Climate: Metropolitan France: Generally cool winters and mild summers, but mild winters and hot summers along the Mediterranean; occasional strong, cold, dry, north-to-northwesterly wind known as mistralFrench Guiana: Tropical; hot, humid; little seasonal temperature variationGuadeloupe and Martinique: Subtropical tempered by trade winds; moderately high humidity; rainy season (June to October); vulnerable to devastating cyclones (hurricanes) every eight years on averageMayotte: tropical; marine; hot, humid, rainy season during northeastern monsoon (November to May); dry season is cooler (May to November)Reunion: Tropical, but temperature moderates with elevation; cool and dry (May to November), hot and rainy (November to April)

Terrain: Metropolitan France: Mostly flat plains or gently rolling hills in north and west; remainder is mountainous, especially Pyrenees in south, Alps in eastFrench Guiana: Low-lying coastal plains rising to hills and small mountainsGuadeloupe: Basse-Terre is volcanic in origin with interior mountains; Grande-Terre is low limestone formation; most of the seven other islands are volcanic in originMartinique: Mountainous with indented coastline; dormant volcanoMayotte: Generally undulating, with deep ravines and ancient volcanic peaksReunion: Mostly rugged and mountainous; fertile lowlands along coast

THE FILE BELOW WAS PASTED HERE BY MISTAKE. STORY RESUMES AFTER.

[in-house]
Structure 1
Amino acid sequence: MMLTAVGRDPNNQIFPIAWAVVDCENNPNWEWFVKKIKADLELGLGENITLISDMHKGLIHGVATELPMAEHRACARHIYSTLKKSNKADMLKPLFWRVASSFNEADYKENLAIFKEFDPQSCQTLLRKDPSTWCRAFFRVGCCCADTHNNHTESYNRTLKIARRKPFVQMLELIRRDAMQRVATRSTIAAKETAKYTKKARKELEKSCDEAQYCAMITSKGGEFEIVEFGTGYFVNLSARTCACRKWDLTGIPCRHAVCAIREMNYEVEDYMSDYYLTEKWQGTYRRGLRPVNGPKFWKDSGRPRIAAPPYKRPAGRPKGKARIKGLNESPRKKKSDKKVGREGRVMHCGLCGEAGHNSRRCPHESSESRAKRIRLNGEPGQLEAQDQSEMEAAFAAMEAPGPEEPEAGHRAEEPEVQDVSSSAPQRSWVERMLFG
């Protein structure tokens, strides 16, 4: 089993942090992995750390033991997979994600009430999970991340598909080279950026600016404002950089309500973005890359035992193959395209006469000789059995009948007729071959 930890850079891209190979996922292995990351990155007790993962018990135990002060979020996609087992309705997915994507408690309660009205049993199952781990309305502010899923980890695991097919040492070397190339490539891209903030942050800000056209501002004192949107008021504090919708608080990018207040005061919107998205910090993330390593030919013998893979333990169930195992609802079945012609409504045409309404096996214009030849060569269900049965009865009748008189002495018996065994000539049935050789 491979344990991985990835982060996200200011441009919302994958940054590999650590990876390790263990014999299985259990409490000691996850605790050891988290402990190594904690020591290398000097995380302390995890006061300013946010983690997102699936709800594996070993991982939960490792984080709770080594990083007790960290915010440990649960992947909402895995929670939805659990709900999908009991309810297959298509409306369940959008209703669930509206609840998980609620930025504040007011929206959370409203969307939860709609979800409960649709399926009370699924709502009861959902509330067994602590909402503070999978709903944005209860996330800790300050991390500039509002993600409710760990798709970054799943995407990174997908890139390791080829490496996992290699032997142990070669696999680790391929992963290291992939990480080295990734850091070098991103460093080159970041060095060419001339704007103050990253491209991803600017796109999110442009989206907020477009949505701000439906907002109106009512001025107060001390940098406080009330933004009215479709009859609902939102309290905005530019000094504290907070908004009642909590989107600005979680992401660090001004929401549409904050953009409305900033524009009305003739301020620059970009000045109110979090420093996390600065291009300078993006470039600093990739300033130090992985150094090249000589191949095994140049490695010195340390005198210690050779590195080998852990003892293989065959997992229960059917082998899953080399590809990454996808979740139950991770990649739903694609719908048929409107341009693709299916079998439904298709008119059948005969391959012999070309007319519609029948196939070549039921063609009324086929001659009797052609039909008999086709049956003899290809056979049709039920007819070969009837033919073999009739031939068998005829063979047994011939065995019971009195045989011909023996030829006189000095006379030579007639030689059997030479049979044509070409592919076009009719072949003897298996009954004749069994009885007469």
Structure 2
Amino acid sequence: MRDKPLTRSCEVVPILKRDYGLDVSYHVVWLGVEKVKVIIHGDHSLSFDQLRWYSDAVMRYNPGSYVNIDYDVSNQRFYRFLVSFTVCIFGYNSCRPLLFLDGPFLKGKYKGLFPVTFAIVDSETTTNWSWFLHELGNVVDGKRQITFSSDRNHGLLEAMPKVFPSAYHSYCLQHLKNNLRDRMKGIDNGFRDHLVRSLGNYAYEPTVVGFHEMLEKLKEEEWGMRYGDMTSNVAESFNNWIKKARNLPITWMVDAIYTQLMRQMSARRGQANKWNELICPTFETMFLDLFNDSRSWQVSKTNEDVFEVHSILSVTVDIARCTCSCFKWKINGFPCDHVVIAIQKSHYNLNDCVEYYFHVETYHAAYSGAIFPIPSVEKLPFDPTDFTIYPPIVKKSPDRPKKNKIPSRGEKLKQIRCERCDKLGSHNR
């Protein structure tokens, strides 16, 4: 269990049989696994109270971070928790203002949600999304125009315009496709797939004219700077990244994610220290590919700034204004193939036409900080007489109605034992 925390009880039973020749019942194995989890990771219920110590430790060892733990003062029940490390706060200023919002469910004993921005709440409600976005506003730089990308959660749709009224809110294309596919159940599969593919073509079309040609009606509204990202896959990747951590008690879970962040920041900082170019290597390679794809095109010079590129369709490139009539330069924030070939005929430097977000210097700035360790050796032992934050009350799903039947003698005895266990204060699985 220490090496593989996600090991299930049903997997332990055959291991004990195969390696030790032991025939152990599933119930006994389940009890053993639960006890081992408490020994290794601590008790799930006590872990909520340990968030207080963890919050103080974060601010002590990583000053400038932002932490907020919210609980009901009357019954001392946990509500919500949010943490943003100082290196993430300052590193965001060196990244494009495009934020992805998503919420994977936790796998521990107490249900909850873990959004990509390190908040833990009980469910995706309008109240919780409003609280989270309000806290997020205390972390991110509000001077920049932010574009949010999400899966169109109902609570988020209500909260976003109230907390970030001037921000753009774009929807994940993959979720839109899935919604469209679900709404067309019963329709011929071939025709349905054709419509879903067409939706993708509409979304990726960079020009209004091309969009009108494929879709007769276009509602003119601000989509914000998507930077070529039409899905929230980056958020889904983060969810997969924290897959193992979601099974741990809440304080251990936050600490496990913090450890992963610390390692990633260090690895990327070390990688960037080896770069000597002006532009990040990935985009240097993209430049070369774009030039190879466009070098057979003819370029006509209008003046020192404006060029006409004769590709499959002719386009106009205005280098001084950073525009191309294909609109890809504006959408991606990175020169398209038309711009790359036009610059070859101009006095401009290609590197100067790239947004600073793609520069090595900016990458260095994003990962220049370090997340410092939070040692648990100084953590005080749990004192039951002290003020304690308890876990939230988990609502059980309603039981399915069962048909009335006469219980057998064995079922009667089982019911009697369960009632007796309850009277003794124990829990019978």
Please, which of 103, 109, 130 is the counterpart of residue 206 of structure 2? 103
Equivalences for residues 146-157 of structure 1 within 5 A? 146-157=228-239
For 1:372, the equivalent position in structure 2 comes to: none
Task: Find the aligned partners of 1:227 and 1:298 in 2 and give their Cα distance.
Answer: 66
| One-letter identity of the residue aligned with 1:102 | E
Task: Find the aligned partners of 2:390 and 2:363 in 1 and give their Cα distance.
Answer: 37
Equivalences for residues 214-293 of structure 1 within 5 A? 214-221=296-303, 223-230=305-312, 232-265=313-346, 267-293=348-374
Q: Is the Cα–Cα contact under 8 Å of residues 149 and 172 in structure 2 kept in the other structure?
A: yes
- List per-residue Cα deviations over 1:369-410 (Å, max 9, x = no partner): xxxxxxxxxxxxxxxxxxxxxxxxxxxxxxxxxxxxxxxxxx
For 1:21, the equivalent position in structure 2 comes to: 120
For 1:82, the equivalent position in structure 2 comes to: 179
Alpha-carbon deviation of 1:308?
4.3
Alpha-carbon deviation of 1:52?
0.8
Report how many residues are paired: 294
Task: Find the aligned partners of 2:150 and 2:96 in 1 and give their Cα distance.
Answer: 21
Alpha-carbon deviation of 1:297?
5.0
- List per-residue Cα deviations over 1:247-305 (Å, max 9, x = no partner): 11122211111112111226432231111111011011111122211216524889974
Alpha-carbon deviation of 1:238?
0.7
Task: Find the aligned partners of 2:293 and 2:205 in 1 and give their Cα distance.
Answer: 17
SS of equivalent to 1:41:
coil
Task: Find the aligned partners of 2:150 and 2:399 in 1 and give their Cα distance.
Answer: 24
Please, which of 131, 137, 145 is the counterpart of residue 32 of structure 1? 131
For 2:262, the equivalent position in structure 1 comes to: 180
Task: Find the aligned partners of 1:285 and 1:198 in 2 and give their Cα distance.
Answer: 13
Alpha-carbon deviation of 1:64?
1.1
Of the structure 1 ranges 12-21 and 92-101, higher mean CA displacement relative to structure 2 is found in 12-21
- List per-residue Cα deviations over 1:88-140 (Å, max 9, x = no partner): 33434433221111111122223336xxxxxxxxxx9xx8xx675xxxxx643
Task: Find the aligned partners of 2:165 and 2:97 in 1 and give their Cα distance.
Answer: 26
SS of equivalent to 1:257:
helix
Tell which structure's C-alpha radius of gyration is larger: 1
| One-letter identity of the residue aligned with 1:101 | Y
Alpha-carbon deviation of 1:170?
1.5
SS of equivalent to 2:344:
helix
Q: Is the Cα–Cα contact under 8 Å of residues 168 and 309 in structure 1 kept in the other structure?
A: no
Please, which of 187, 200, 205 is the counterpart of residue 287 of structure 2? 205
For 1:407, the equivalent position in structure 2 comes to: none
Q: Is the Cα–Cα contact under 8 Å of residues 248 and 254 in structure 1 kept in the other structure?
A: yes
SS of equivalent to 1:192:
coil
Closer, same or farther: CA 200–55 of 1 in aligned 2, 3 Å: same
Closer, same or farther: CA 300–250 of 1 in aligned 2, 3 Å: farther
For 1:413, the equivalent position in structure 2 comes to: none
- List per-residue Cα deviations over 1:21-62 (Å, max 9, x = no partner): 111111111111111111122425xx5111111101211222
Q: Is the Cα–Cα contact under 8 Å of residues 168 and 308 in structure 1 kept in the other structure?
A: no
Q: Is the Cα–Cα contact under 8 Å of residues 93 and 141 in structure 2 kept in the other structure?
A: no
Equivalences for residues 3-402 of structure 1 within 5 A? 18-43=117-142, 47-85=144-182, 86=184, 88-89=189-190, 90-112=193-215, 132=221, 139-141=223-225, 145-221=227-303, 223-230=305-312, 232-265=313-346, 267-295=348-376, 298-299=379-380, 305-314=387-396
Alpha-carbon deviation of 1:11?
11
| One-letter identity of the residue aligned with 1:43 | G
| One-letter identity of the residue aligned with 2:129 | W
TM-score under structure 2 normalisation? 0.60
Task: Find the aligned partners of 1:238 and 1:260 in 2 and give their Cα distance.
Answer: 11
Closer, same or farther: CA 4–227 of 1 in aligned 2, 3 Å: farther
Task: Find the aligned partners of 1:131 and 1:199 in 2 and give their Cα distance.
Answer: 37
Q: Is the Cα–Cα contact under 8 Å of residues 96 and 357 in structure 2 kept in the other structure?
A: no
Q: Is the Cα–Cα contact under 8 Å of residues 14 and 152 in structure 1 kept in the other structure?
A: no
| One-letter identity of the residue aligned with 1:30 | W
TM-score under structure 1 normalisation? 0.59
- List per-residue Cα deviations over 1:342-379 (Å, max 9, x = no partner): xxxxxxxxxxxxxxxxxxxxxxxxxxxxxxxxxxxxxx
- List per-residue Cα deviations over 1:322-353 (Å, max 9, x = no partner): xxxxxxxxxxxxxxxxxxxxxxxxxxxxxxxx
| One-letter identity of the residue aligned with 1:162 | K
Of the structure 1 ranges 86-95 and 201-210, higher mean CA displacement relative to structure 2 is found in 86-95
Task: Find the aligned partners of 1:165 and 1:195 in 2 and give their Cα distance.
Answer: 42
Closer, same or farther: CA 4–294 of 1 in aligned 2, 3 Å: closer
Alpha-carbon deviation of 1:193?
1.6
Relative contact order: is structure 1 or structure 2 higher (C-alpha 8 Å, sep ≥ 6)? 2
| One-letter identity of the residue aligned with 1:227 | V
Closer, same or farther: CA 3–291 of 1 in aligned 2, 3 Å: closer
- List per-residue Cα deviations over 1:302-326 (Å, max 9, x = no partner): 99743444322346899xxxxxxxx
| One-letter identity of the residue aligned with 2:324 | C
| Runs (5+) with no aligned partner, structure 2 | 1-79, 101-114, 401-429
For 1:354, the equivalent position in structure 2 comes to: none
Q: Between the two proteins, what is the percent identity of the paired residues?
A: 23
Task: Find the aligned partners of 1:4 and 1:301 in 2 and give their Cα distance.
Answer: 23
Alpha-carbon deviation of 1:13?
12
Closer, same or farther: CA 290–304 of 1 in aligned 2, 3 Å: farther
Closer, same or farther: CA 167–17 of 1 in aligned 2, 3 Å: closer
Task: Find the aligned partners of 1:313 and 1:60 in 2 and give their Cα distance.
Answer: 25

Natural resources: Metropolitan France: Coal, iron ore, bauxite, zinc, uranium, antimony, arsenic, potash, feldspar, fluorspar, gypsum, timber, arable land, fishFrench Guiana: Gold deposits, petroleum, kaolin, niobium, tantalum, clay

Land use: Agricultural land: 52.7% arable land 33.4%; permanent crops 1.8%; permanent pasture 17.5% Forest: 29.2% Other: 18.1% (2011 est.)

Ethnic groups: Celtic and Latin with Teutonic, Slavic, North African, Indochinese, Basque minorities

Languages: French (official) 100%, rapidly declining regional dialects and languages (Provencal, Breton, Alsatian, Corsican, Catalan, Basque, Flemish)

Religions: Christian (overwhelmingly Roman Catholic) 63-66%, Muslim 7-9%, Buddhist 0.5-0.75%, Jewish 0.5-0.75%, Other 0.5-1.0%, None 23-28%

Population: 66,836,154